Wednesday, March 20, 2024

The Joy of Six 1214

Chris Grey on the right's desire to recover a past that never was: "This is also almost invariably what lies behind contemporary demands to 'get my country back', with Allison Pearson writing that “our nation is being abducted by aliens” (though also, inadvertently, demonstrating the endless recurrence of these claims by opening her article with a mournful lament for England written by Philip Larkin in 1946)."

Using the government's new definition of extremism, argues Nafeez Ahmed, Michael Gove is an extremist.

"'If you ask young people, would you like a job where you won’t see daylight in the winter, digging underground, and you might get killed - they would laugh at you. When our generation goes, people won’t even know what a lump of coal is.' But the former pit villages that continue to play cricket carry the history of industry around not only in their names, but in their heritage." Tanya Aldred on the links between cricket and coal mining and how well they have survived the 1984-5 strike.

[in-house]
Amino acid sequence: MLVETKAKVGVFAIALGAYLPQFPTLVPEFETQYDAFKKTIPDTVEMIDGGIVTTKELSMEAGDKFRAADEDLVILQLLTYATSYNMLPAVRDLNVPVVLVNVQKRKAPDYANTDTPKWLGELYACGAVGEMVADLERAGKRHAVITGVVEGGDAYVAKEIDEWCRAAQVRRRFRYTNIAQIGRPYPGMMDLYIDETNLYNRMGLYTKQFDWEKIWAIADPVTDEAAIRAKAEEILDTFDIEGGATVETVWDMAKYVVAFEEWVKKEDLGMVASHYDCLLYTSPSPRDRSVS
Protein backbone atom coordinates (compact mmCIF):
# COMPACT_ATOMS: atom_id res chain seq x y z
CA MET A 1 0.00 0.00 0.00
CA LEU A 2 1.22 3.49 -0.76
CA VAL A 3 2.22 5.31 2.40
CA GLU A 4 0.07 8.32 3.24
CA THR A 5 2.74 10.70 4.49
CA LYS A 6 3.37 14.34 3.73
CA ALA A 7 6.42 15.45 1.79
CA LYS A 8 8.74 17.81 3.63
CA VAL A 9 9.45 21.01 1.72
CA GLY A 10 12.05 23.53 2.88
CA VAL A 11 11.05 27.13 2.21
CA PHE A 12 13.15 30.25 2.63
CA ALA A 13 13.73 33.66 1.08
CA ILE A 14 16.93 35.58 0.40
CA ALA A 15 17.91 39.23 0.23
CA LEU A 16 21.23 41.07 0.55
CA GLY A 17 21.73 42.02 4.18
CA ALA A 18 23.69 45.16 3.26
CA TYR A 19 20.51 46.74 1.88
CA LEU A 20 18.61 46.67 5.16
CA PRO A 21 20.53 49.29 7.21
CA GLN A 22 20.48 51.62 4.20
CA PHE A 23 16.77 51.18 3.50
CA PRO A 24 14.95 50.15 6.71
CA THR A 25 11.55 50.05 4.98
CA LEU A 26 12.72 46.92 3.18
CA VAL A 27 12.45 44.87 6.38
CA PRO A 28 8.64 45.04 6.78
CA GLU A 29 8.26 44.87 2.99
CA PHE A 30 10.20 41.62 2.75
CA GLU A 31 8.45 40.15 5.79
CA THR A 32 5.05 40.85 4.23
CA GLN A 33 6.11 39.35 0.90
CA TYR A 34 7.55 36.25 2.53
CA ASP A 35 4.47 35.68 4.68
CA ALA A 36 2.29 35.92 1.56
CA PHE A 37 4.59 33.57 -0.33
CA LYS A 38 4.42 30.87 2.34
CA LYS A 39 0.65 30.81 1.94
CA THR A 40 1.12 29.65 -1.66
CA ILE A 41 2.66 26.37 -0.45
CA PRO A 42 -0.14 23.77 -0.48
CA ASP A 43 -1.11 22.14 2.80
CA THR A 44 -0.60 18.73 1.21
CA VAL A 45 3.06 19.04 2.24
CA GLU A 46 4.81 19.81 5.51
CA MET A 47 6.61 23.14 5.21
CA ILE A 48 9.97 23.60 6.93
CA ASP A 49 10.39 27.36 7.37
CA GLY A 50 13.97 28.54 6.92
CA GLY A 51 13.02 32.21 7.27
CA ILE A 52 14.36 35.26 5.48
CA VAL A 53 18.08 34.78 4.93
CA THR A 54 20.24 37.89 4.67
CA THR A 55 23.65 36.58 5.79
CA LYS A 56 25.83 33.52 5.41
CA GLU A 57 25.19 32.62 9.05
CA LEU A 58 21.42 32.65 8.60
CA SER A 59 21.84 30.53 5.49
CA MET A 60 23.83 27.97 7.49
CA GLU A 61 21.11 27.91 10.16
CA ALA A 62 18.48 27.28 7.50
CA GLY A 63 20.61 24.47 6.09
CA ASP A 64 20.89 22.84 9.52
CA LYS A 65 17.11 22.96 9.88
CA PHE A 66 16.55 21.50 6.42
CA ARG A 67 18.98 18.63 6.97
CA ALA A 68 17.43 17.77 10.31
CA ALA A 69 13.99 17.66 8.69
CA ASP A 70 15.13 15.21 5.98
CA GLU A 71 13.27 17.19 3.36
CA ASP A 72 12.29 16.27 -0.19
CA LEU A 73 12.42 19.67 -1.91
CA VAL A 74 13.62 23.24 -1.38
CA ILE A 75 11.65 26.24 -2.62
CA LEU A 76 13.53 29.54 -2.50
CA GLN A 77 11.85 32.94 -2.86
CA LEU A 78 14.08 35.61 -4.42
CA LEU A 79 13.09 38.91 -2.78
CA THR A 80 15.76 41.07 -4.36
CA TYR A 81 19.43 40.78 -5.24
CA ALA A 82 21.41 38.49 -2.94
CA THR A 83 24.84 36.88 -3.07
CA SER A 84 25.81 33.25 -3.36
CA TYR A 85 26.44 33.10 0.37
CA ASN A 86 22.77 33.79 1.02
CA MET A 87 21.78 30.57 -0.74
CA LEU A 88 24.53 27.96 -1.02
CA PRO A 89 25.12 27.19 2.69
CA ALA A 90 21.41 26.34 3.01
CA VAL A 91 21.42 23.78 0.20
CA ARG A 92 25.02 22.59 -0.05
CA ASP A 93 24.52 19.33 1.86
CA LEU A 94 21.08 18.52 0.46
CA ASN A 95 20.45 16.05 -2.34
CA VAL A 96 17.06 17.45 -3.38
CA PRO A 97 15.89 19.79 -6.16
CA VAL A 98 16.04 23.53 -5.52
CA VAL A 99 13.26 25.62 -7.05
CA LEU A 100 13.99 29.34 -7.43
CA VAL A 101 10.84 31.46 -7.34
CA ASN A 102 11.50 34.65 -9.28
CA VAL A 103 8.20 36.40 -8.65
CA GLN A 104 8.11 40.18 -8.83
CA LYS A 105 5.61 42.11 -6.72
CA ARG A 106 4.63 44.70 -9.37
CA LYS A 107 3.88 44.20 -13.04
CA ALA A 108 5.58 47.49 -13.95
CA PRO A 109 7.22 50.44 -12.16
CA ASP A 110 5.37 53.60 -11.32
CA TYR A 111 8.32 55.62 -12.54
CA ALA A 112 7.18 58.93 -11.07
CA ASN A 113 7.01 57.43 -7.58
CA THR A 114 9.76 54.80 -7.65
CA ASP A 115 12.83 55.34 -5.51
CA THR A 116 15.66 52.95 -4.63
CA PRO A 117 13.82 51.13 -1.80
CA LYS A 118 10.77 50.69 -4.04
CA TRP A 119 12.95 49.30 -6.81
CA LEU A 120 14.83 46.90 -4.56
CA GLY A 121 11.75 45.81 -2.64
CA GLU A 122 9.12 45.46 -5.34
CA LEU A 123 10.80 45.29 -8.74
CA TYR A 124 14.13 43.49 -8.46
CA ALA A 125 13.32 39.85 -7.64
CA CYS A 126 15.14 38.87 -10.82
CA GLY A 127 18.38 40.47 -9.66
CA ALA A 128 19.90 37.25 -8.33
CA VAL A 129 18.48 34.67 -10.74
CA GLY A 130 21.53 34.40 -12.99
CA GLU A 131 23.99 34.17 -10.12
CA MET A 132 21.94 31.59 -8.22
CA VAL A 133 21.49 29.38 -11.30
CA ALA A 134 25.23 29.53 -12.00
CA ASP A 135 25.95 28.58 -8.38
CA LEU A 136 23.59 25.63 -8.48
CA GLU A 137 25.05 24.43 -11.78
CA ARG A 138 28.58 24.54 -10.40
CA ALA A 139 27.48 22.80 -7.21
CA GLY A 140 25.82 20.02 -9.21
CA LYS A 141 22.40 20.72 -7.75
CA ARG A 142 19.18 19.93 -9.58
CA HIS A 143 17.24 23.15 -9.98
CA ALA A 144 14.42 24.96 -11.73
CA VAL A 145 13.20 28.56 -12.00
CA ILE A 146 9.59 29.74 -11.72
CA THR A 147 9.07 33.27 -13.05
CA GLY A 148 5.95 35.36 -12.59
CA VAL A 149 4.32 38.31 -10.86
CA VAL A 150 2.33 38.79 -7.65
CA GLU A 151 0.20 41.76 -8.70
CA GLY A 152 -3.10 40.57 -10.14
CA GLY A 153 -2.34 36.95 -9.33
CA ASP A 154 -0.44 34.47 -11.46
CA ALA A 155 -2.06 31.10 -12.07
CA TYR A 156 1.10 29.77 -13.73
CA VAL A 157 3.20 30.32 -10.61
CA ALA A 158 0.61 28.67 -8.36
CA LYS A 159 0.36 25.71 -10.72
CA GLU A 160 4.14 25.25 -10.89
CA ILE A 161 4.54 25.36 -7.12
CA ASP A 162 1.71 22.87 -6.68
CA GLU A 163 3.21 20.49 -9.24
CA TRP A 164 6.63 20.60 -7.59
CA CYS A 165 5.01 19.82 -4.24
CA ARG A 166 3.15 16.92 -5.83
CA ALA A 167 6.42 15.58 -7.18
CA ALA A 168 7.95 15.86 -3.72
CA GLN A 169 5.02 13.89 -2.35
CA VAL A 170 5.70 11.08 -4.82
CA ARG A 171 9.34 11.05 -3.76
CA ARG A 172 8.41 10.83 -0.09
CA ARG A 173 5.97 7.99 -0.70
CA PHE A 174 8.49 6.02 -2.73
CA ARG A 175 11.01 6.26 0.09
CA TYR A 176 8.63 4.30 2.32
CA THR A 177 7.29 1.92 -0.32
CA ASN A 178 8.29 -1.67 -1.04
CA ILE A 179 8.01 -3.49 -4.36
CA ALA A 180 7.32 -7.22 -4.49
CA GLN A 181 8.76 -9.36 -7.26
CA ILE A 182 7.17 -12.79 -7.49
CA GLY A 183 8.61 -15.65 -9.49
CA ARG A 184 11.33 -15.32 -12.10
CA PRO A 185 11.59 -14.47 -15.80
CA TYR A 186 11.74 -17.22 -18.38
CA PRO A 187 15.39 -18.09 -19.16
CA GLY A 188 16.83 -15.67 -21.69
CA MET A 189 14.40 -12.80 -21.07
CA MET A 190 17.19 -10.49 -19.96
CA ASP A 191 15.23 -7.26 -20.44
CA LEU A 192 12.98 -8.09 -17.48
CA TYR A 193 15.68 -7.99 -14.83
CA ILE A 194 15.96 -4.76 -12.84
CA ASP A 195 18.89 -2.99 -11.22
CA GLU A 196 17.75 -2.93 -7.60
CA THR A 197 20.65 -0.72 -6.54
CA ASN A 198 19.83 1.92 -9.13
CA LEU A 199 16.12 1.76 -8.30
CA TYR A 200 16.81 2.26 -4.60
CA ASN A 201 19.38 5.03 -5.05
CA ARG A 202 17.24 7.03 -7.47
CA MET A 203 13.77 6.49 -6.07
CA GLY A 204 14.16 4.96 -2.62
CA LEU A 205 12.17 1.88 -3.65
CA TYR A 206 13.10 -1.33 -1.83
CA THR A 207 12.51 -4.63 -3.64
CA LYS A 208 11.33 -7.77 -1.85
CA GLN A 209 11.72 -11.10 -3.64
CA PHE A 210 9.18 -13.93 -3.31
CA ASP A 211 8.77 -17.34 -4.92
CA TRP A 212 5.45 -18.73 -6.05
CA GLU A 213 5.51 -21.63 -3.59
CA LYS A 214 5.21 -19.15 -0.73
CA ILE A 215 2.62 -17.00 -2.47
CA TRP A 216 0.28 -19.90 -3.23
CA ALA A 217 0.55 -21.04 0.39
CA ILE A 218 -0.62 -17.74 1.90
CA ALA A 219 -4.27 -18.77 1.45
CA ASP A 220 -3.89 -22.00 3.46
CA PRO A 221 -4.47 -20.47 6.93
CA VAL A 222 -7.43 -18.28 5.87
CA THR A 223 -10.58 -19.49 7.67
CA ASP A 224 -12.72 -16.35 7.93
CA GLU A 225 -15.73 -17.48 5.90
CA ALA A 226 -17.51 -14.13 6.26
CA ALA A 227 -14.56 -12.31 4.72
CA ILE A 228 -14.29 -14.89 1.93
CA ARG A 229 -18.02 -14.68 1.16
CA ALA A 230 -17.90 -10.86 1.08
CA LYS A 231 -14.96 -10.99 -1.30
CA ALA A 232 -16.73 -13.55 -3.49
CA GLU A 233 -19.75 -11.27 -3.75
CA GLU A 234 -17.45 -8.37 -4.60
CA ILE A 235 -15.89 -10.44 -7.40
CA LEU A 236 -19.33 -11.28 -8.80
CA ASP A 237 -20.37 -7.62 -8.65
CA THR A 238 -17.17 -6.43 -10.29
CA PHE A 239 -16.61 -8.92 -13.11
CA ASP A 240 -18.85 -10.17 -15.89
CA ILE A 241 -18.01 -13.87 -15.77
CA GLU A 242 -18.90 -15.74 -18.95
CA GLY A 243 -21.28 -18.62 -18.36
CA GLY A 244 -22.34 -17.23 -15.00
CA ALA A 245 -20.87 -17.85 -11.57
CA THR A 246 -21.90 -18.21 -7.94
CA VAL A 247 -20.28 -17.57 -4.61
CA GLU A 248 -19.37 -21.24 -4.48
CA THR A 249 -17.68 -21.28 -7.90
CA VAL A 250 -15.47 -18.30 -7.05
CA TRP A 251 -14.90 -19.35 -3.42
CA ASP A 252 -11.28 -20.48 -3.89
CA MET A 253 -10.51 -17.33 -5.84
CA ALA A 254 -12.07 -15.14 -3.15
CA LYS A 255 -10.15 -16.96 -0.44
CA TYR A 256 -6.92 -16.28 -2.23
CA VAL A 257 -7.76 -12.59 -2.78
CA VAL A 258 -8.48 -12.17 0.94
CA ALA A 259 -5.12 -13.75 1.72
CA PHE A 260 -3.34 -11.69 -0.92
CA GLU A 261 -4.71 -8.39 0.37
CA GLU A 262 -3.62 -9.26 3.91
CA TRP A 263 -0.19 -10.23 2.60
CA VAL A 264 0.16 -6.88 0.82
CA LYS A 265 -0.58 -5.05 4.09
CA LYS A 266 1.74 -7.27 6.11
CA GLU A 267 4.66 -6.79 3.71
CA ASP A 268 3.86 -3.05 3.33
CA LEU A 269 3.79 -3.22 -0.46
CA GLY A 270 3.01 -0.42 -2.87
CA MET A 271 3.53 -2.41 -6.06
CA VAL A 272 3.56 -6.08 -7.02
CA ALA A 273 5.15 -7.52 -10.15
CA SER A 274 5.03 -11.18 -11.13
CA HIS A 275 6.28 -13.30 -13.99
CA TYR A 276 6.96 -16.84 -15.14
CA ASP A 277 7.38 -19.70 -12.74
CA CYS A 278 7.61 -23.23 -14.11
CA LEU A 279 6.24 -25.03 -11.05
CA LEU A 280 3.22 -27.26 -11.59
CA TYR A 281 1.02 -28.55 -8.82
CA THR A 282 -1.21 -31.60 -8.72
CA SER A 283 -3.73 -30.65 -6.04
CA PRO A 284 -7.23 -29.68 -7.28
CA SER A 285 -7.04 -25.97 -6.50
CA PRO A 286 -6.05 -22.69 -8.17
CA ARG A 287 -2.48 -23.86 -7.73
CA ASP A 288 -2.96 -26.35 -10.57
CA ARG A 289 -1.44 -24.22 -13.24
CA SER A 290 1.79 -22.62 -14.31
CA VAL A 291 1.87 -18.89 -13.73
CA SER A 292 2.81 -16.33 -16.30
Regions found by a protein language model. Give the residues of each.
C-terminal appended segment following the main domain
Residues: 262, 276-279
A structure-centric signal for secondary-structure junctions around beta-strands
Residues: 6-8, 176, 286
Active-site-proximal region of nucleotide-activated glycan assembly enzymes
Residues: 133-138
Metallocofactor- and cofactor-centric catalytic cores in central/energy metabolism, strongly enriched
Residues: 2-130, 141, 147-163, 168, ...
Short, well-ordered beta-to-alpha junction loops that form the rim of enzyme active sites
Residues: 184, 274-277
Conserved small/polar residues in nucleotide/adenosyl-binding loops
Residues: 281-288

Catherine Bennett says that, in the name of anti-elitism, Arts Council England has declared war on opera and excellence.

Fortesa Latifi lays bare the terrible price of having your childhood turned into content: "Being the child of an influencer, Vanessa tells me, was the equivalent of having a full-time job - and then some. She remembers late nights in which the family recorded and rerecorded videos until her mother considered them perfect and days when creating content for the blog stretched into her homeschooling time."

"I was the second eldest, with an older sister and three younger brothers. I shared with my brothers until I was 15, sleeping in bunk beds, after which I slept in the front room for a couple of years. There was a communal yard for the 48 flats to share, and we would play ball games and cycle. I also had my first ciggy in the cellars there. I was a pupil at Haberdasher's Askes grammar school, but between the ages of 3 and 16 I spent about four years at Queen Mary's Hospital, in Carshalton Breeches, as I had caught polio in the 1950s epidemic." A glimpse of the young Steve Harley - born Stephen Nice - from Transpontine.

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